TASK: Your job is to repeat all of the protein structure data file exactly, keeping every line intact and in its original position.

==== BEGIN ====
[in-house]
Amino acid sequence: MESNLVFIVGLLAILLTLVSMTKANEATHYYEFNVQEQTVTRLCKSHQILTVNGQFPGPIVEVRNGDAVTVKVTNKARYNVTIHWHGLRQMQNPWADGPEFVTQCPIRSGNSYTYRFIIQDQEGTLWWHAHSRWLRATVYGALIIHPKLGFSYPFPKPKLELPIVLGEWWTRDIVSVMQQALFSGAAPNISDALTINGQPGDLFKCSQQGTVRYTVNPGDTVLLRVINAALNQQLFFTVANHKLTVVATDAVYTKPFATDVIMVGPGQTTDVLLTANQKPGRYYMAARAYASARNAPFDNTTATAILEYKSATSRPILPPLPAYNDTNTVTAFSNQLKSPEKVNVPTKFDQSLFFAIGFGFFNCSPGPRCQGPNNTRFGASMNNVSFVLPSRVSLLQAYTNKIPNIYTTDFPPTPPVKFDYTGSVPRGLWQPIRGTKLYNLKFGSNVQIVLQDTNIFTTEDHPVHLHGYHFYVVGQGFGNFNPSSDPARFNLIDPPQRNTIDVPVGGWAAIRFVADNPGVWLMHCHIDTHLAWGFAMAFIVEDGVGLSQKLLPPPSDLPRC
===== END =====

[in-house]
Amino acid sequence: MESNLVFIVGLLAILLTLVSMTKANEATHYYEFNVQEQTVTRLCKSHQILTVNGQFPGPIVEVRNGDAVTVKVTNKARYNVTIHWHGLRQMQNPWADGPEFVTQCPIRSGNSYTYRFIIQDQEGTLWWHAHSRWLRATVYGALIIHPKLGFSYPFPKPKLELPIVLGEWWTRDIVSVMQQALFSGAAPNISDALTINGQPGDLFKCSQQGTVRYTVNPGDTVLLRVINAALNQQLFFTVANHKLTVVATDAVYTKPFATDVIMVGPGQTTDVLLTANQKPGRYYMAARAYASARNAPFDNTTATAILEYKSATSRPILPPLPAYNDTNTVTAFSNQLKSPEKVNVPTKFDQSLFFAIGFGFFNCSPGPRCQGPNNTRFGASMNNVSFVLPSRVSLLQAYTNKIPNIYTTDFPPTPPVKFDYTGSVPRGLWQPIRGTKLYNLKFGSNVQIVLQDTNIFTTEDHPVHLHGYHFYVVGQGFGNFNPSSDPARFNLIDPPQRNTIDVPVGGWAAIRFVADNPGVWLMHCHIDTHLAWGFAMAFIVEDGVGLSQKLLPPPSDLPRC